By Noah M.
Amidst our society of “Get Rich Quick” schemes and “Easy Ways to Become Better At ____,” it can seem as though actually having to do work to reap benefits is a thing of the past. This pretty much seems too good to be true - and it absolutely is. Practicing one’s instrument is no different. It takes work and dedication to become good at anything and that doesn’t exclude musical performance. It can often seem too hard and totally not worth the effort, which may lead one to even quit playing their instrument. The point is this: becoming good at your instrument is hard and takes time, patience, and above all, practice. It’s that last part, however, that separates those who try to be good at their instrument and those who are. Be you a professional player or a beginner, you will benefit from learning how to practice more effectively. That is exactly what I aim to teach you to do.
When you are having trouble with a particular section of music, it is important to keep in mind that you are likely not the first person to have ever played it. If you are a younger player, perhaps in middle school, there are many high school students who would love to help you practice. Regardless of your age, it may help you to find a recording online of someone playing your part. When all else fails, seeking help from your band director is not at all shameful and they would be glad to help you. Otherwise, you may be able to find other experienced players to help you. There is pretty much no situation where you can’t find anybody to help you play a part you’re having trouble with. There will always be someone better than you and thus always someone that can help you.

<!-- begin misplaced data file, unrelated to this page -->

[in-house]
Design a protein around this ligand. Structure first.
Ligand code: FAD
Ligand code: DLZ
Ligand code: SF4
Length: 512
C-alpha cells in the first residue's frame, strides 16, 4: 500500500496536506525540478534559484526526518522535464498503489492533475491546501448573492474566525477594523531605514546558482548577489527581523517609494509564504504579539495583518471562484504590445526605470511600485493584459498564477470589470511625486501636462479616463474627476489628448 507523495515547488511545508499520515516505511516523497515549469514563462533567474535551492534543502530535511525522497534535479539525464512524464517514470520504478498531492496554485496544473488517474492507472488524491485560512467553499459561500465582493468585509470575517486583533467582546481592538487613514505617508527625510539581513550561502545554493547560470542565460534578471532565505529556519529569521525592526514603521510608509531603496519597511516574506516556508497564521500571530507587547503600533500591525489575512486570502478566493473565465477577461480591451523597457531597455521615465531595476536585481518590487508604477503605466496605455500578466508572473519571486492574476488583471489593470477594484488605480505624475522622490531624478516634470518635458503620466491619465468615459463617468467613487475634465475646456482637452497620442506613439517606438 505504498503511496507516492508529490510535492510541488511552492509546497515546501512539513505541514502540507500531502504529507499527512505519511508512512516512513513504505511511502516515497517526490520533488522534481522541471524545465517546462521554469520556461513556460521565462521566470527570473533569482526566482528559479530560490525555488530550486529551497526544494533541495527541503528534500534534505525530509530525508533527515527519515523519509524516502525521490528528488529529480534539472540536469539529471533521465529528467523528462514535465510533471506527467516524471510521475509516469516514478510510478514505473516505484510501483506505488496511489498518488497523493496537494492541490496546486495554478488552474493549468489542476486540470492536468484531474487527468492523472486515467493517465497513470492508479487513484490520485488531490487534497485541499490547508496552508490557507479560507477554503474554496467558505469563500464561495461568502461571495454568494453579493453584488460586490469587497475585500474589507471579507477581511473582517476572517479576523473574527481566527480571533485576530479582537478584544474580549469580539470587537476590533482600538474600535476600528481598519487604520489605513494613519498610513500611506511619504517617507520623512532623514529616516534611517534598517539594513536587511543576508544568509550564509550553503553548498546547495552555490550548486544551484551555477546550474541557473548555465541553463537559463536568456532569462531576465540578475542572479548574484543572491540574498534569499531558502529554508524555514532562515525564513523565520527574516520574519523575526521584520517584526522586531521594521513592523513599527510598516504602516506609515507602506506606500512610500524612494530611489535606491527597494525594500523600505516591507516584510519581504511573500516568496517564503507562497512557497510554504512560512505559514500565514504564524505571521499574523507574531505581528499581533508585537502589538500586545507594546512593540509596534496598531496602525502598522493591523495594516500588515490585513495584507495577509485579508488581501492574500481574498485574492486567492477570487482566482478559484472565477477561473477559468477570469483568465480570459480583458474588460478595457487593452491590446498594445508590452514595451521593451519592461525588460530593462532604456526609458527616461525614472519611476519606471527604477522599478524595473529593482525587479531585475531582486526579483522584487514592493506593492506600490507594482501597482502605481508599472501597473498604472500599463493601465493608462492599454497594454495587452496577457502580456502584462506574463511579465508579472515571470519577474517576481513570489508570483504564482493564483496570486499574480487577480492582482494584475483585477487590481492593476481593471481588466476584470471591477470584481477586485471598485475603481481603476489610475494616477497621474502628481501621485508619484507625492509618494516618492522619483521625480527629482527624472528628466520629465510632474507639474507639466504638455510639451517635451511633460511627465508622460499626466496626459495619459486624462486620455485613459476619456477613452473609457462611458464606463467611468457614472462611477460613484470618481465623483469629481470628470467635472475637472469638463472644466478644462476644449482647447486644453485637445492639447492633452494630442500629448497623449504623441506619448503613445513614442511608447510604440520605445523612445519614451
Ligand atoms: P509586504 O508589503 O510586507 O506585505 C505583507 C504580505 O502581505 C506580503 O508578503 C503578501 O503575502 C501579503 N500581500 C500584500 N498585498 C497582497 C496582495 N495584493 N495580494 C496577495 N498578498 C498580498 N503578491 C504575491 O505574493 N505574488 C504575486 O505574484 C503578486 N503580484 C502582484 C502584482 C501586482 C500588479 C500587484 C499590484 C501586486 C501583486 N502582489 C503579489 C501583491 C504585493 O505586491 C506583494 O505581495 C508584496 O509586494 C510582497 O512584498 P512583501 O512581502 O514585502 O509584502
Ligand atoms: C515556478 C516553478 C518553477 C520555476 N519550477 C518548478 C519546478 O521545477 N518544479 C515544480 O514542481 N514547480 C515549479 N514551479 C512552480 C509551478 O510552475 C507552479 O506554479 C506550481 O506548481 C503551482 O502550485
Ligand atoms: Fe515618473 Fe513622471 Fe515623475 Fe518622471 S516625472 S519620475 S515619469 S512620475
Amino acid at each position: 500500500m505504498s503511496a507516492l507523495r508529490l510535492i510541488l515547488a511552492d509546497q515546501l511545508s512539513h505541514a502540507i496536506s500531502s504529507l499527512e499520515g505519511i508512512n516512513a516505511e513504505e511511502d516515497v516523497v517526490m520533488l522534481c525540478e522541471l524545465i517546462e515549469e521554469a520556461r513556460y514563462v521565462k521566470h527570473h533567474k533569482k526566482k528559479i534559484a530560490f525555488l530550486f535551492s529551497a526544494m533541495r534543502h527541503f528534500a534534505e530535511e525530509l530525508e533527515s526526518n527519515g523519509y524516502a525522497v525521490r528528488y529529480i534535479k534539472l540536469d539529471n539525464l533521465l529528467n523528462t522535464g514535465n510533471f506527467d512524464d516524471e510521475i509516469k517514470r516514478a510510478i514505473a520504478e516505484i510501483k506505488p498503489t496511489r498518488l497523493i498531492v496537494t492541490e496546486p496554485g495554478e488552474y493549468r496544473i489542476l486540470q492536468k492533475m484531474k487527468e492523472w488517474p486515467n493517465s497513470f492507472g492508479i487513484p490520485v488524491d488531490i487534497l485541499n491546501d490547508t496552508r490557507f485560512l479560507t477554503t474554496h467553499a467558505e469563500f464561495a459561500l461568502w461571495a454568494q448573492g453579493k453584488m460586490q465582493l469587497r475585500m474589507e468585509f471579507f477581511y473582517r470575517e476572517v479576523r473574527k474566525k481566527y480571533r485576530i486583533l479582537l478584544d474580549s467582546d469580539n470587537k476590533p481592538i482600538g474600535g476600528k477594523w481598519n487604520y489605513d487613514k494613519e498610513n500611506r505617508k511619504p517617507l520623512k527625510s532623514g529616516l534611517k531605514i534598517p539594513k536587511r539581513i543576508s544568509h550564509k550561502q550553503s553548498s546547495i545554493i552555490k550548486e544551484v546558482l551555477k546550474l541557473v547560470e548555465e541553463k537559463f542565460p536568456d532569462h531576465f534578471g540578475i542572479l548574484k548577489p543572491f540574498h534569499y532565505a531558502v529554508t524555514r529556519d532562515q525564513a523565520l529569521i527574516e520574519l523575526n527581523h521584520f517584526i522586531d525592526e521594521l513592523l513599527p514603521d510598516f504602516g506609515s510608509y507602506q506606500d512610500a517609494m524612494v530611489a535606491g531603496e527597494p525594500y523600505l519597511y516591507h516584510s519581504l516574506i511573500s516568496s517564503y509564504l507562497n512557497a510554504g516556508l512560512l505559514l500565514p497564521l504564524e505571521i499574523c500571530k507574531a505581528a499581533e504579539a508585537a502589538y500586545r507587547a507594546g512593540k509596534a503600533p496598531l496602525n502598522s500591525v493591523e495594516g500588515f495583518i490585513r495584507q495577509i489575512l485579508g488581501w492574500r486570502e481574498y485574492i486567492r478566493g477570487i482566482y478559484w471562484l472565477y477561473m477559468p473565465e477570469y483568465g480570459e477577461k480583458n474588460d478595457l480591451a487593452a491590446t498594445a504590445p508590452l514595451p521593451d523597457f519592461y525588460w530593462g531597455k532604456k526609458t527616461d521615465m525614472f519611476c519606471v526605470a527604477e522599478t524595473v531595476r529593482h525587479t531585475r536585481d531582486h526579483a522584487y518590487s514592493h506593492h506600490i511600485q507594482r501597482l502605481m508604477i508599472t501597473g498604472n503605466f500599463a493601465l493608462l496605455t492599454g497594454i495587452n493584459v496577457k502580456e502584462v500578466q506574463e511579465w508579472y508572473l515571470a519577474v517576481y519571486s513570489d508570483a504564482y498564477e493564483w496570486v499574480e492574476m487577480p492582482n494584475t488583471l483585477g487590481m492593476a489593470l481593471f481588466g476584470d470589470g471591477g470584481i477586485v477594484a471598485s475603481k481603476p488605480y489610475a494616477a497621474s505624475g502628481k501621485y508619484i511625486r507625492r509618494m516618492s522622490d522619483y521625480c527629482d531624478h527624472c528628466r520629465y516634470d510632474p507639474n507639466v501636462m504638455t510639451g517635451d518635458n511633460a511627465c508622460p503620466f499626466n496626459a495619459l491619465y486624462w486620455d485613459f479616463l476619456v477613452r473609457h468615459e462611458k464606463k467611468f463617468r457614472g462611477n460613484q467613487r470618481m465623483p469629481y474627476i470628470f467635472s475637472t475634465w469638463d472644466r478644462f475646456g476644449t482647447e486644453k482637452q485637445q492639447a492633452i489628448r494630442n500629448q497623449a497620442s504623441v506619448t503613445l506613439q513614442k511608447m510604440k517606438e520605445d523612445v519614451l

Practicing on your own is the most readily available method of practice and the above should be used if you feel you need help. To start you off practicing, it is important to warm up correctly. While it may be tempting to jump right into the BUMP (Big, Ugly Music Problem), pacing yourself and warming up will make the practice you do later much more effective and safe. Just as you wouldn’t run a race without first stretching, so too should you not play without warming up your embouchure, hands, and breathing. If you already know the areas that you would like to focus your practice on, then you may start after warming up. If you think you are just generally having trouble with an entire song, run through the piece and circle any problem areas that you encounter. These will be the areas that you target, plus it may help you to spot any repeating rhythmic or melodic patterns. You will need to know what you want the piece to sound like in the end. As they say, “keep the end in mind.” The best way to ensure that you know what your excerpt is supposed to sound like is to check with another student. If you are for some reason not able to do so, you can always use websites/programs like Flat (flat.io) or Musescore (musescore.org) and input the section of music you are having trouble with to hear it. This should only be used as a last resort and you should never publish/claim ownership of what you write.